Radio Frequency Identification, sometimes known as RFID, is becoming an increasingly important factor behind the scenes in the retail industry. For those unfamiliar with it, the technique includes radio frequency, often known as RF, to convey information about the specific identity of an item (ID).
At a distance of several feet and in a couple of seconds, an RFID scanner can identify or "read" hundreds of tags. This results in a decreased dependence on barcodes for managing inventory within the retail industry and paves the way for more sophisticated applications that use real-time data.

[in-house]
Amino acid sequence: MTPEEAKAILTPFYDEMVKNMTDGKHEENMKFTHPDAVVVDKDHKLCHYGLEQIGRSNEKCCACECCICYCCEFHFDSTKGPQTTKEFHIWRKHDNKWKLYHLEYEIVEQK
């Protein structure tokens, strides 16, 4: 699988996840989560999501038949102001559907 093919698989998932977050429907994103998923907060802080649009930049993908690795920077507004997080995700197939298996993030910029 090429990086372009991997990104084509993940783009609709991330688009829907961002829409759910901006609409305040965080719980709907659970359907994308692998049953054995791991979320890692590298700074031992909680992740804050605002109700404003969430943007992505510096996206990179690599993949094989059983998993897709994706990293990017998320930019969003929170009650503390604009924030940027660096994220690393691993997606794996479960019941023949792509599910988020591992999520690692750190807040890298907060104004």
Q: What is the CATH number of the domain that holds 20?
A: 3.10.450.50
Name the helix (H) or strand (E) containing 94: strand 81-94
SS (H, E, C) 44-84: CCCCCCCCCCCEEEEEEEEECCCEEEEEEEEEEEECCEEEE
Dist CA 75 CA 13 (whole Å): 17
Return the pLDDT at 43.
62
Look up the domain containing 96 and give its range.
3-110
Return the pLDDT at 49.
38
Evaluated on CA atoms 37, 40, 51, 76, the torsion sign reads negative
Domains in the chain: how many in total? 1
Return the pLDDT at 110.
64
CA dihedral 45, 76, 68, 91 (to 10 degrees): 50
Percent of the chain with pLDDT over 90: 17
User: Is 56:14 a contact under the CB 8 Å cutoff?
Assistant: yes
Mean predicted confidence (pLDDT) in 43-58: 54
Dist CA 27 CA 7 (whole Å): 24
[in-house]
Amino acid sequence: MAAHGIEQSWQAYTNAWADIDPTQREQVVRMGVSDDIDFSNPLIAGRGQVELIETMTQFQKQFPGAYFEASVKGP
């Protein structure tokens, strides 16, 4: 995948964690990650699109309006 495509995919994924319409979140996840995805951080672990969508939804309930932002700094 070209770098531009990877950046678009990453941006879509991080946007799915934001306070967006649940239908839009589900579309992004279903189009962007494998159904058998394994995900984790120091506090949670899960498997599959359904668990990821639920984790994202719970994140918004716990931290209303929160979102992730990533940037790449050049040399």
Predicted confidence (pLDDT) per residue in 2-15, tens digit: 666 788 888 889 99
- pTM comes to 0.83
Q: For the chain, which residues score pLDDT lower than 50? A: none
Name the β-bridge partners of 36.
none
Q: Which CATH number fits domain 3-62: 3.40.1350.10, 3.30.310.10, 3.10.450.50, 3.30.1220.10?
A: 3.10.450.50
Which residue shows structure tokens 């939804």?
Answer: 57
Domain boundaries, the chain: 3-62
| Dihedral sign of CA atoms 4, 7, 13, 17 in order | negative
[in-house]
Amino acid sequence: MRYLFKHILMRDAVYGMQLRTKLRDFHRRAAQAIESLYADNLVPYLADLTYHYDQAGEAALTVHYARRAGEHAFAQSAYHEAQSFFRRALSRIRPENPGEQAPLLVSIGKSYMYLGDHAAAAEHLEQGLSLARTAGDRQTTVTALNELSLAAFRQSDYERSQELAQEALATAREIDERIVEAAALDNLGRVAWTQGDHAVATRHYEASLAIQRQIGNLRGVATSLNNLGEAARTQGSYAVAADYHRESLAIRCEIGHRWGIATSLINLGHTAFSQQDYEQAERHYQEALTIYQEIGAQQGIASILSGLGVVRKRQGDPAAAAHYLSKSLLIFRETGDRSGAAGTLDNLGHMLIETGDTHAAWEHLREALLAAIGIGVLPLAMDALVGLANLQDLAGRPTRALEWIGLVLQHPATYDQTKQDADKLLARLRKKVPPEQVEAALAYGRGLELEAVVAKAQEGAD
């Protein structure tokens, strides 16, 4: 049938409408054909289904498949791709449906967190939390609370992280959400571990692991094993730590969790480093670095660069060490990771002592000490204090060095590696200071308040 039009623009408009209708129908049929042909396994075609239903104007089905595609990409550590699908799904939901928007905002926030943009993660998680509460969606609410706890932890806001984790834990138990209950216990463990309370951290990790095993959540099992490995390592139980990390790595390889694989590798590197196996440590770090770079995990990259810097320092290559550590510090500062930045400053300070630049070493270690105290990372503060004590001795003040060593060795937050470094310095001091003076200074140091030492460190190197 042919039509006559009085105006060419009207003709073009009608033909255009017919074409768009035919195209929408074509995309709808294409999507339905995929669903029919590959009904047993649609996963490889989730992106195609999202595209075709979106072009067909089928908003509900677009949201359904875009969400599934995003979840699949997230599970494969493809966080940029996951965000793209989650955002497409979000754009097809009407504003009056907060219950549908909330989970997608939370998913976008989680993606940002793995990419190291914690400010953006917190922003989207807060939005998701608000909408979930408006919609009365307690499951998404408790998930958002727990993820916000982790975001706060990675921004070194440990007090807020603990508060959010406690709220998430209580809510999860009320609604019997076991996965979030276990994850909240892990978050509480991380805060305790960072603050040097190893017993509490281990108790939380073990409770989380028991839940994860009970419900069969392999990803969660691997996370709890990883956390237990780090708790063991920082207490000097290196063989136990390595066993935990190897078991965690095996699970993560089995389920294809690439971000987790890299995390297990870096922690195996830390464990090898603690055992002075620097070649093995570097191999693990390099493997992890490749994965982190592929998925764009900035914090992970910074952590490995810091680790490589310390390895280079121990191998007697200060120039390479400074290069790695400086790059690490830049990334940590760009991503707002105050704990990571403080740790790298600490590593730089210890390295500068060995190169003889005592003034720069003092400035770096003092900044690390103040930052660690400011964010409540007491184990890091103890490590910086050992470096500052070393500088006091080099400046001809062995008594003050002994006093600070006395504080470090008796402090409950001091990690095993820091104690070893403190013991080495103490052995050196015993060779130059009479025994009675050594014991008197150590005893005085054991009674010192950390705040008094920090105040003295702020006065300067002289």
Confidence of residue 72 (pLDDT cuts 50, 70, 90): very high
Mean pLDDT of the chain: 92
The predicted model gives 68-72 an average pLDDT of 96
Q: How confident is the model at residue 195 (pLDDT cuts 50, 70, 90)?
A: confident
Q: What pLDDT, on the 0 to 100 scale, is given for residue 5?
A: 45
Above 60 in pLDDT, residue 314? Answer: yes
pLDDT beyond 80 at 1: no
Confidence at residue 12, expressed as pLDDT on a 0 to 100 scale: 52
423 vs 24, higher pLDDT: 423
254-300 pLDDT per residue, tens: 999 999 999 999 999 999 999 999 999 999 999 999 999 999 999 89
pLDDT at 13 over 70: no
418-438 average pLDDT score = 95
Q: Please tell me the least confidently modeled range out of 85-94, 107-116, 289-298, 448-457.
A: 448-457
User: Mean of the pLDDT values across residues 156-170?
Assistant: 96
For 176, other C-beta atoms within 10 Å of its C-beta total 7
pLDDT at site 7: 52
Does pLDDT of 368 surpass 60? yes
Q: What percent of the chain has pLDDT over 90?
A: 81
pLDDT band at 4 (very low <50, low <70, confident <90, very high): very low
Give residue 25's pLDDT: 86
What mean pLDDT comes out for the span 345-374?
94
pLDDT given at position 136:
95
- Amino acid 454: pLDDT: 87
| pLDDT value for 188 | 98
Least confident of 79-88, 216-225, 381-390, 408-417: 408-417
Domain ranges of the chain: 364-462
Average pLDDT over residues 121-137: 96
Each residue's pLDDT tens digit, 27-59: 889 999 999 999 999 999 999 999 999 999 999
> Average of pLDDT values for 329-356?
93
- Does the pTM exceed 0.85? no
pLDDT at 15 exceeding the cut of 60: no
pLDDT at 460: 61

RFID's potential in the supply network has always been there, even if the technology's origins can be traced back to the retail sector. The huge improvement in stock accuracy that RFID delivers has been credited with increasing sales and laying the groundwork for omnichannel commerce.
Moreover, since a significant number of global merchants have already integrated RFID technology into their retail outlets, these businesses are beginning to exploit and make use of RFID's potential across the supply chain.
Data exchange and access are both simplified by the use of RFID technology. RFID tags provide businesses with the ability to swiftly account for products that are in transit as well as gather data on the commodities, which can then be sent to other supply chain partners. RFID has a significant effect on supply chain operations because of its ability to improve precision, efficiency, and transparency.